I checked out Romney A Reckoning from the San Francisco Public Library having heard McKay Coppins, the author, in an interview on public radio. Both Romney and Coppins are Mormon. Romney gave Coppins access to his personal journals, texts and emails and they had weekly interviews while he was a U.S. Senator so that Coppins could write the book. The agreement was that Coppins would be the author and Romney would not have any influence over the final product.
While most politicians these days are extremely careful with their exposure to journalists, media and the spin, this relationship does speak to Romney’s candor and the notion that he has nothing to hide. While Romney became a very wealthy man starting and running Bain Capital, the book focuses primarily on his personal and recent political life. Often quite goofy and more humorous than expected, Romney predictably comes off as someone of character and courage. We get brief excerpts of his private journals, the assessment of the people around him, the turmoil of January 6th., his meetings with Trump. Romney A Reckoning is an interesting, entertaining, alarming, fun and fast read and an important view into our tumultuous political times.
At an event in New Hampshire a man confronted him with an accusatory question. “Are you going to compromise? the voter asked. “I don’t want to vote for anyone who’s going to compromise.” Romney, unable to restrain himself, replied, “Are you married, sir?”
Romney A Reckoning
I have never voted for Mitt Romney but gained much respect for him when he was the only Republican to both impeach and convict Donald Trump. Like his father George Romney, Mitt Romney did believe in civil rights and he is documented as marching with Black Lives Matters protesters after the murder of George Floyd. He is a rational person, believes in science and the notion that the planet is warming and climate change is real. But in many ways he is a throwback to an earlier type of Republican – a buttoned-down, well-mannered conservative capitalist who really does have an insane amount of money.
The quote below will always be a political liability no matter how you spin it. The visual of Mitt Romney at a rest stop hosing dog shit off of the family station wagon is simply too funny.
One prolonged subplot of the campaign had to do with a decades-old anecdote about Romney strapping the family dog, Seamus, to the roof of their station wagon during a road trip. One of Romney’s sons had shared the story with a newspaper reporter as a funny demonstration of this dad’s organizational skills: when Seamus experienced a bout of diarrhea, Romney moved quickly to find a rest stop, hose down the dog and car, and get back on the road without losing much time.
Romney A Reckoning
According to the book, Mitt Romney is a man who enjoys managing and solving problems whether they mean packing the family station wagon roof rack or working in the private or public sectors. Unlike, Reagan and current Republicans, he does not think that government is the problem, he thinks government just needs to be better managed. Indeed, it was Massachusetts health care plan while Romney was governor that was in many was the blueprint for the Obama-era Affordable Care Act. Perhaps one of his shortcomings as a politician is that he does not actually care for the theater that so often goes along with politics and is motivated by his technocratic, problem-solving impulses. Mitt Romney surely finds reality television shows ridiculous.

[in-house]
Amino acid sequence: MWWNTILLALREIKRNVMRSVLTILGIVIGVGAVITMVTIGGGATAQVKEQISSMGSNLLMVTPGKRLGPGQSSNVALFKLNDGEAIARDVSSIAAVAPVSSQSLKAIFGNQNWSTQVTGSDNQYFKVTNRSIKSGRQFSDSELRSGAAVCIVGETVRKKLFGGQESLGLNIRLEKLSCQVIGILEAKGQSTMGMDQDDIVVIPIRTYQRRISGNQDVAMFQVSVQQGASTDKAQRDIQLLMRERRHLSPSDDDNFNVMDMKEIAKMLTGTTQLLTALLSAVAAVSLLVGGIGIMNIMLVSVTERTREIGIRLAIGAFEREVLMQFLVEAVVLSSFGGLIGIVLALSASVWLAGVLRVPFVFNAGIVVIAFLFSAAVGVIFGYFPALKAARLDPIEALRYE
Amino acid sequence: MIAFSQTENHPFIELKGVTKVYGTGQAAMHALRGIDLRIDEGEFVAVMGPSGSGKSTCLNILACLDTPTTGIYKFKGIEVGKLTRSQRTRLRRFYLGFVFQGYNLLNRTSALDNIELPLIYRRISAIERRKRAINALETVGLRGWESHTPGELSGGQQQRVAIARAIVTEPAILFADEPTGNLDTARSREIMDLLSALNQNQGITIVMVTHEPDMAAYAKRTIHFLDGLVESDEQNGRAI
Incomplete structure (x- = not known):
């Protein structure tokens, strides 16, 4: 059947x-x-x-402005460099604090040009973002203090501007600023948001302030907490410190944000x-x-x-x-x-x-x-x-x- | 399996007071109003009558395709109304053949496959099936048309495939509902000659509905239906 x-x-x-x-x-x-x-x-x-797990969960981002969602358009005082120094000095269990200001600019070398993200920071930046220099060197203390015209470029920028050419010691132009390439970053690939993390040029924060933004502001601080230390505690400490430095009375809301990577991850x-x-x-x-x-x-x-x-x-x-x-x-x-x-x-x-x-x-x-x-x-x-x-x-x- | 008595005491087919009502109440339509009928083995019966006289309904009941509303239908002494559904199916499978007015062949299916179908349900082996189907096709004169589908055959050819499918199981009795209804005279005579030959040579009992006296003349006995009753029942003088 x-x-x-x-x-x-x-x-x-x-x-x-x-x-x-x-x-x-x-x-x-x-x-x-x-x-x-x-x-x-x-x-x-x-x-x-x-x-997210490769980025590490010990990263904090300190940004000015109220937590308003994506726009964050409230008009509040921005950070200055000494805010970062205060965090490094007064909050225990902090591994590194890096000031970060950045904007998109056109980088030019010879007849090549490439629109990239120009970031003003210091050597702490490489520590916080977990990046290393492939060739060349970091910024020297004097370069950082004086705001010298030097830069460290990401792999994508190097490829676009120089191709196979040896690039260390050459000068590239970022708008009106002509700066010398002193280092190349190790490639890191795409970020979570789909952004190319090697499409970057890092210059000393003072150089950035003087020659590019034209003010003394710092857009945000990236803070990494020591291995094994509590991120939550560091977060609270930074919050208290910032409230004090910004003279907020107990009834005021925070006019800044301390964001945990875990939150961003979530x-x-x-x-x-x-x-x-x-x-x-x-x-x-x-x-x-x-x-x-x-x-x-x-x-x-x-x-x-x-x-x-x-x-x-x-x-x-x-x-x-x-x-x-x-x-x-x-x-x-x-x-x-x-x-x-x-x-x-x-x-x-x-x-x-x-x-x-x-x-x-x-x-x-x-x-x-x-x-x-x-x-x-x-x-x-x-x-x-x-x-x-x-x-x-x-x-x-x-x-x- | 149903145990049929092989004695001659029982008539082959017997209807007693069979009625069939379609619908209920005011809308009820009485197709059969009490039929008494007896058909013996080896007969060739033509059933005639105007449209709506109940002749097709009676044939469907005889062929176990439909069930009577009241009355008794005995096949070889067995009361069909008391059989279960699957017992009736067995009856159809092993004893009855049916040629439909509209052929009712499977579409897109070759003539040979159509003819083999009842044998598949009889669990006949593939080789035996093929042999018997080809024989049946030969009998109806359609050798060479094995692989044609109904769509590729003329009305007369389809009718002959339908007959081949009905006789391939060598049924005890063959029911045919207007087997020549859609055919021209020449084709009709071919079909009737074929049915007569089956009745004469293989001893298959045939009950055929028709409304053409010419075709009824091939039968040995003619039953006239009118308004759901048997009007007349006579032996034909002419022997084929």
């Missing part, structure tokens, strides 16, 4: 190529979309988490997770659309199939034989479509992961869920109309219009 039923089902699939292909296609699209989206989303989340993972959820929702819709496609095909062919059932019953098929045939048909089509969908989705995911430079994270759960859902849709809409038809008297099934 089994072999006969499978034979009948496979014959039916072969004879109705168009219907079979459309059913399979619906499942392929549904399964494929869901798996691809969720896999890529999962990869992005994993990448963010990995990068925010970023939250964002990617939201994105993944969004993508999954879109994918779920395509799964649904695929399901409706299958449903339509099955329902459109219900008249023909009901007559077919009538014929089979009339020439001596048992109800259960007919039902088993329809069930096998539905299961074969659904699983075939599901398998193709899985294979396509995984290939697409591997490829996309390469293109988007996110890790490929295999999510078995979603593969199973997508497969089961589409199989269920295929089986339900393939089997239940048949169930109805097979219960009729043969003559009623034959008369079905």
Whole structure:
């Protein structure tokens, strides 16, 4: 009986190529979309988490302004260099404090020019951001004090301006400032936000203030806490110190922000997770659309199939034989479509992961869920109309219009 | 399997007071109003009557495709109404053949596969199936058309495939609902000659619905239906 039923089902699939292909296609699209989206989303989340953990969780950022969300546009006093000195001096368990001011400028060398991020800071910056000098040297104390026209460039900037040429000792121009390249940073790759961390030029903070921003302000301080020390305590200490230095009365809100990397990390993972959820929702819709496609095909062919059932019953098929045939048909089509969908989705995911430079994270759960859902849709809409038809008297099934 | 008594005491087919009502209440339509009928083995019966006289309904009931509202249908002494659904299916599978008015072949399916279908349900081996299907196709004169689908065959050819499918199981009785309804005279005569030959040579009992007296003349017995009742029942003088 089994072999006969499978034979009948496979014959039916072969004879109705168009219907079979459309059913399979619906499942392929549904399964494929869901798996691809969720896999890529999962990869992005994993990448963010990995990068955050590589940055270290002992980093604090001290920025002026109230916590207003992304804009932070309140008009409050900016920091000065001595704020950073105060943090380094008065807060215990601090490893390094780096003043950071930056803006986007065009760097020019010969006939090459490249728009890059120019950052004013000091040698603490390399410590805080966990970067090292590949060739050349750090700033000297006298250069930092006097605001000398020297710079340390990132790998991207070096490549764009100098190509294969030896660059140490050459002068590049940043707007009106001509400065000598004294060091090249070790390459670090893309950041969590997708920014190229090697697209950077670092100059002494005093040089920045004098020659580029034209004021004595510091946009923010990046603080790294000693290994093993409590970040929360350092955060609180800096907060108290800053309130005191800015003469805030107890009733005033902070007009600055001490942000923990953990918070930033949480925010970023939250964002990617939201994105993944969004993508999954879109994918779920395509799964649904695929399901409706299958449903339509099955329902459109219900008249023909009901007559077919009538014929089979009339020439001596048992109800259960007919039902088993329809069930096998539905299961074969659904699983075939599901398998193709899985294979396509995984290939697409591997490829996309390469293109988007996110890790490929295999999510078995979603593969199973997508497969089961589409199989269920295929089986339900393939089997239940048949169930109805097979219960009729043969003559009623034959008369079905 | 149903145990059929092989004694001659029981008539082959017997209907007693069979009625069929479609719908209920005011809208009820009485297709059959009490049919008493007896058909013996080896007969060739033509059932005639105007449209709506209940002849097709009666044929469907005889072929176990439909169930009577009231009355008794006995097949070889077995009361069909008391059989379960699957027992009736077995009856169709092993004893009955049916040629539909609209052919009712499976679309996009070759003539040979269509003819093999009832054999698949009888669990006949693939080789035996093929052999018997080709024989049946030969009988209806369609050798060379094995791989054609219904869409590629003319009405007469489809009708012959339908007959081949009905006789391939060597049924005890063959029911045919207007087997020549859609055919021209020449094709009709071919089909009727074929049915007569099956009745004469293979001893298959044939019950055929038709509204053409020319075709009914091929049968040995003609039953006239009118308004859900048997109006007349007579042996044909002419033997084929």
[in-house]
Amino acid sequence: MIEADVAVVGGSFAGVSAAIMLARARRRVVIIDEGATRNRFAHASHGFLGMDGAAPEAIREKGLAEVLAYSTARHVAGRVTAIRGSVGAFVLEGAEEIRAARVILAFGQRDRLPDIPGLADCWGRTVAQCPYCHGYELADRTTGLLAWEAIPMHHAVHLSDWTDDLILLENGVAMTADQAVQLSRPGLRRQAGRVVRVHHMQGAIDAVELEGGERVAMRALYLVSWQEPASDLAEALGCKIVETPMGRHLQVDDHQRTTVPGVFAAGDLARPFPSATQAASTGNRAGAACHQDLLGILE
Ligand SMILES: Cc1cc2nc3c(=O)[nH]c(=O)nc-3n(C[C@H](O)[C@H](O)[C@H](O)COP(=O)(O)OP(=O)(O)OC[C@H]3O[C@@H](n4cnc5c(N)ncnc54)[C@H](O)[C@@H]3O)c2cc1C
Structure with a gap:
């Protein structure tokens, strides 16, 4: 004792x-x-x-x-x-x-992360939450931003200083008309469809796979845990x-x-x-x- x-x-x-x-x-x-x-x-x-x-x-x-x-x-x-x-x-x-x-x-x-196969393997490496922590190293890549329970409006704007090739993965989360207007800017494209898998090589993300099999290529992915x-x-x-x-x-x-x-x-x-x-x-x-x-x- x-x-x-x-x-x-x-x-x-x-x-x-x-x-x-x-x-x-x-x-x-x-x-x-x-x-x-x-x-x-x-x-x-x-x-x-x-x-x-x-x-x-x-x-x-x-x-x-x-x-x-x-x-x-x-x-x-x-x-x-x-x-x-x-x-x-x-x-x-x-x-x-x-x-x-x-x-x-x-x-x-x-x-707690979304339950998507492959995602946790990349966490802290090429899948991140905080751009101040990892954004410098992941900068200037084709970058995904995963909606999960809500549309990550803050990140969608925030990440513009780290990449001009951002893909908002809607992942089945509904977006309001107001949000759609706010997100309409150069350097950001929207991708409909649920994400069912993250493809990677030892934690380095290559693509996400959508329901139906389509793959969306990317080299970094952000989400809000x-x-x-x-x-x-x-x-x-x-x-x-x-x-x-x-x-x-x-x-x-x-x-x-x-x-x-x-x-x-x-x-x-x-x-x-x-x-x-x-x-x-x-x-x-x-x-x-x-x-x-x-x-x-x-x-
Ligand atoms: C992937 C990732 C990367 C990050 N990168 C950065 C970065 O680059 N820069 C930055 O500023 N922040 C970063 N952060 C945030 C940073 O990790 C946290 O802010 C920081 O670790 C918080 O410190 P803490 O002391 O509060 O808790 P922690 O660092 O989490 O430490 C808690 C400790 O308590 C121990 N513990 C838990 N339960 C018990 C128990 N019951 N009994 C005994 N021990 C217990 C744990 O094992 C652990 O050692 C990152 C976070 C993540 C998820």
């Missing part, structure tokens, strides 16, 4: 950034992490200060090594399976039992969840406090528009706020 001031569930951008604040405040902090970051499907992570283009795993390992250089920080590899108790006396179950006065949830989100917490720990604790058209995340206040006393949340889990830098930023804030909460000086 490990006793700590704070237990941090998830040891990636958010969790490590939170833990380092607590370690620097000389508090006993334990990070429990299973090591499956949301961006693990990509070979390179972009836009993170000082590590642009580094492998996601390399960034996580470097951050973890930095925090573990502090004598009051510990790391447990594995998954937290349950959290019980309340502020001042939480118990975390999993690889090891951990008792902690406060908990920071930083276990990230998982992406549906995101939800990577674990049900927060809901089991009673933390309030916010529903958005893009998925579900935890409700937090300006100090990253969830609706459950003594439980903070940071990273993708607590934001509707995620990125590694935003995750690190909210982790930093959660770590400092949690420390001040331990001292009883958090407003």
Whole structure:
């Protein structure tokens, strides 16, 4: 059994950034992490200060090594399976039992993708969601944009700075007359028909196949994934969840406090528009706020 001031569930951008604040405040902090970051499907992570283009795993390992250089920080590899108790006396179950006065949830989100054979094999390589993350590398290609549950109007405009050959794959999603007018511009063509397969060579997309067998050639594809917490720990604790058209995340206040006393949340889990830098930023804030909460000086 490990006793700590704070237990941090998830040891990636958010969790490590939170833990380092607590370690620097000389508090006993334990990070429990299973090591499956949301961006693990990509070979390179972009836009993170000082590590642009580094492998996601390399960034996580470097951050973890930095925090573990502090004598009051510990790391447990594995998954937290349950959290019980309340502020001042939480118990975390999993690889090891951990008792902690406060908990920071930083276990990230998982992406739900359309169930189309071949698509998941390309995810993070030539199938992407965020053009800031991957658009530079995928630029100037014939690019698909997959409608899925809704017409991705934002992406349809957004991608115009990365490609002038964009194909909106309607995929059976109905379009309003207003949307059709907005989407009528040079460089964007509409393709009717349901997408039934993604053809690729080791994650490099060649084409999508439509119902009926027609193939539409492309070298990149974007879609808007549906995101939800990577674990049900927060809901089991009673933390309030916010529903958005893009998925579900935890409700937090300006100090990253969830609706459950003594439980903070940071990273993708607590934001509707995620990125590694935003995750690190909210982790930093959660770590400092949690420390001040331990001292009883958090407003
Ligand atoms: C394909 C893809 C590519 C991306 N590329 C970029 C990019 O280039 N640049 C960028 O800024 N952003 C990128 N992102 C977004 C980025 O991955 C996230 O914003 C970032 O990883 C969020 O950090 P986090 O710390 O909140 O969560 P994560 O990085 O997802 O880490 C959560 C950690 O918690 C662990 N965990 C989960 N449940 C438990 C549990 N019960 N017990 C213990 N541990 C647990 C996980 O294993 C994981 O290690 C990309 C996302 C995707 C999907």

I really do believe if you’re not being booed, if people aren’t angry at you, you really haven’t done anything in public life.
A theme that is persistent in the book is how his Mormon faith often became a political liability. Mormonism for many Americans is and has always been a bit strange. This modern offshoot of Christianity and its Zionism finding a home in isolated Utah seems to often make other Christians uncomfortable. There is a chapter in the book about how Romney realized the existence of extremists in parts of Utah while on the campaign trail. What is odd is that the new Republican Tea Party Evangelicals are more comfortable with a vile, dishonest, racist, misogynist non-religious con-man than a morally upstanding character like Mitt Romney.
Near the end of the book, you get this very chilling realization that the violence unleashed by Trump has really made it into the highest halls of government.
When one senator, a member of leadership, said he was leaning toward voting to convict, the other urgently encouraged him to reconsider. You can’t do that, one said, think of your personal safety, said another, think of your children. The senator eventually decided they were right. There were to many Trump supporters with guns in his state, he explained to Romney. His wife wouldn’t feel safe going out in public.
Senators voting a certain way because they fear assassinations? Sounds like fascism not the home of the free and the brave. Romney A Reckoning . A fun read. You will find this book at a garage sale in a few years. Buy it. Read it. Hopefully the world will be a bit saner by then.